Reader Jonathan Chandler alerted me to a potentially life-threatening attack, presumably undertaken by followers of M. Parris. To call them parrisians risks defamation by association of the citizens of Île-de-France. The correct term is parrisites.
Rope ‘sabotages’ Hamsterley Forest track
8 February 2012
A cyclist was “lucky to be alive” after he was knocked off his bike by a rope stretched across a County Durham woodland trail.
Lukasz Sikorski was travelling at 20mph when he hit the cord, which was tied between two trees in Hamsterley Forest.
The mountain biking organisation, Descend Hamsterley, said he was lucky not to be seriously or fatally injured.
It has offered a reward for help in finding the person responsible. Durham Police are also investigating
Somebody – yes Matthew that does mean you – needs to explain to Durham Police that it’s meant to be a joke and tell Mr. Sikorski to lighten up.
The Times’ turnaround since 2007 was also noted by David Hembrow who I rode with back in the Twentieth Century, and more recently competed against in funny bike racing. Those events are about 36 hours too short for me, but I do prefer a sport where anyone – with a cycle – can ride the World Championships without need to qualify.
I took advantage of our coincidental posts to contact David. There’s a favourite statistic, I’ve been pedalling for at least twenty years, that needs updating and – since it concerns travel in the Netherlands from whence David broadcasts to the World – I hoped he could help.
“One in four bicycle journeys in the Netherlands is made by a female pensioner” is what I’ve told anyone willing to listen since before the internet was open. Turns out it’s bollox. What might be true – and probably explains where my garbled version came from – is that one in four journeys made by a female pensioner, in the Netherlands, is on a bicycle. Which begs the question how do those indestructible old ladies make the other 75 percent of their trips? Skateboard? Motorcycle, now that’s really dangerous? Or maybe in those crazy flying-squirrel suits. Once again – when it comes to social science – it turns out that the only reliable figure is that 82.4 percent of statistics are made up on the spot.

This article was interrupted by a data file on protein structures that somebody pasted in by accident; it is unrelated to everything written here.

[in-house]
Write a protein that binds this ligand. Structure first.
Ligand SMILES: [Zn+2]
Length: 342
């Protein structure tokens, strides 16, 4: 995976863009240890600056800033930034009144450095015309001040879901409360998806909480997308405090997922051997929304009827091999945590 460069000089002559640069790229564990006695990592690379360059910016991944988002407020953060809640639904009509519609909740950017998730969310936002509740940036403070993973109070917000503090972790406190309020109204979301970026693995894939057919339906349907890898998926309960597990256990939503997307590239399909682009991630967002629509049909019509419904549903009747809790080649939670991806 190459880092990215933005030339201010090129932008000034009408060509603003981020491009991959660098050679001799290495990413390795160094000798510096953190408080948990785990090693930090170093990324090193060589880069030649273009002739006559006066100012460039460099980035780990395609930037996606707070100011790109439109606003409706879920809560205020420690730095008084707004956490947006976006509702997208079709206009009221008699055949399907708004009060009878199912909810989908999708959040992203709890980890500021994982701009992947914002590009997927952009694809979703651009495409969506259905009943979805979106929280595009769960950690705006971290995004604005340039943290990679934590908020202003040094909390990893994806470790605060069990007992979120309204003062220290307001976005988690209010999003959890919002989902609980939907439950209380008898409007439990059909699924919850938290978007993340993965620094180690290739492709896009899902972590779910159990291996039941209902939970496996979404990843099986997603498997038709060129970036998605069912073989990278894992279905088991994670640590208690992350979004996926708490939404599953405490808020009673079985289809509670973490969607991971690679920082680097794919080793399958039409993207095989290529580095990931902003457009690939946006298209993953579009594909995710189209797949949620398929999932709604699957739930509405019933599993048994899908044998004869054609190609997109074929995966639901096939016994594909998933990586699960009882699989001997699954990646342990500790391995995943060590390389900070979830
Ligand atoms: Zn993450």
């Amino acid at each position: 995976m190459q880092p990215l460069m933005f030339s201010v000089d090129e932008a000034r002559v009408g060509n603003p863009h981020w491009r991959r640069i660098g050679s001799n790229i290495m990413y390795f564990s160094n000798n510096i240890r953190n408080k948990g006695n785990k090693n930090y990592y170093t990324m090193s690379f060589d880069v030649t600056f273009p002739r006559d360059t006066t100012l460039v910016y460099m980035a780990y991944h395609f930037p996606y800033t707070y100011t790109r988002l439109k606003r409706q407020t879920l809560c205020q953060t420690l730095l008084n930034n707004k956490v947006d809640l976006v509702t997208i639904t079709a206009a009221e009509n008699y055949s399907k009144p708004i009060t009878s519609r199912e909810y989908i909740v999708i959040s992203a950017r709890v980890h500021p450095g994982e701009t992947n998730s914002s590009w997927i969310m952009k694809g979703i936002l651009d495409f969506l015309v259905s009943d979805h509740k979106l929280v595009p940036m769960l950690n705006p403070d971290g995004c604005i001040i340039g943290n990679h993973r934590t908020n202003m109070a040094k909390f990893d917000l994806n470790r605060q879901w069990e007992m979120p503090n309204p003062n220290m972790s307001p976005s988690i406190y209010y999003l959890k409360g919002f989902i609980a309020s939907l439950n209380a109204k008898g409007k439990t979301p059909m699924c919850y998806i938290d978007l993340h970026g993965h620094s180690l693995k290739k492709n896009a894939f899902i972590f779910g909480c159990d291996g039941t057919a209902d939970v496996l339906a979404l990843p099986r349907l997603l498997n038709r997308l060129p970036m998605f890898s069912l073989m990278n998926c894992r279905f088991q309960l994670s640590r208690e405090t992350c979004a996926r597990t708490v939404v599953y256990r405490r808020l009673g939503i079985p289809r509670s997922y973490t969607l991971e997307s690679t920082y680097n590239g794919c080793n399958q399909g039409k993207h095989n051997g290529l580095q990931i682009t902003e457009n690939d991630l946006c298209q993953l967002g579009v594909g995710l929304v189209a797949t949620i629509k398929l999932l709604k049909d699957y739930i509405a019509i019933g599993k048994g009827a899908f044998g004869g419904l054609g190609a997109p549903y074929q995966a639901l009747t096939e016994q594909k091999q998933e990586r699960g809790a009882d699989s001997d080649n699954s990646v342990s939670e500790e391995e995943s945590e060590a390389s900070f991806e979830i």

David also dismisses my suggestion that presumed liability is a “glaring omission” from the Times’ campaign.
“In the Netherlands it’s an obscure part of the law ( “art. 185 WVW” ) and there is no catchy phrase for it. People don’t realise that liability here is different from elsewhere, and they don’t realise that it’s in any way controversial elsewhere. This was simply a small change to the law which was brought in to ensure that financial responsibility in crashes was directed in the most sensible direction. It has nothing at all to do with laying blame and it mainly acts to protect those aged under 14 years of age.”
I’m inclined to agree that it’s not a glaring omission. There are other important things missing. I also wonder if David under-estimates it’s significance? Dutch people don’t know about the legal context of crashes between pedestrians and vehicles, or between vehicles of different categories. Fish don’t know about water.
Jim Davis, chair of the bombastically-named and interesting ‘Cycling Embassy of Great Britain’, the only national cycle campaign born in the age we live in, testifies to a journey in the Netherlands to visit David.
“Where cycle path and road met, motorists stopped for us, even when we didn’t have priority.”
Infrastructure design and planning in the Netherlands are interesting subjects from which we can take wisdom and local solutions, but finally danger – and therefore safety – only comes from people. Even if David’s correct and the legal context is not relevant to conditions for cycling and walking in the Netherlands it doesn’t mean that campaigning for a change in the UK is not a useful thing to do. Argument over presumed liability once started can – in the current climate – gather it’s own momentum.
Without consensus a net of rad-weg, joining every address in this country, could still be rendered impassable to the nervous by parrisitic hoons on motor-cycles. Amongst the current enthusiasm for all things Dutch don’t forget that there – as in Germany – sales of new utility bikes have lately collapsed against those of battery machines.
Might a national conversation on childrens’ freedom of movement, exactly who does own the roads and where danger actually comes from, help all the people who currently, perversely, don’t travel by cycle?
We may hypothesise that some of these are timid pre-cyclists just waiting for physical conditions to change so they can fulfill their ambition for motor-free travel, that others are hard-hearted parrrisites itching to slaughter the self-righteous scum who dare ride ought-to-be-humble pedal-cycles on roads meant for cars? Might these notional categories overlap? They’re certainly projected onto the same population. Human motivation is complicated. You can’t change the way people behave without changing the way they think.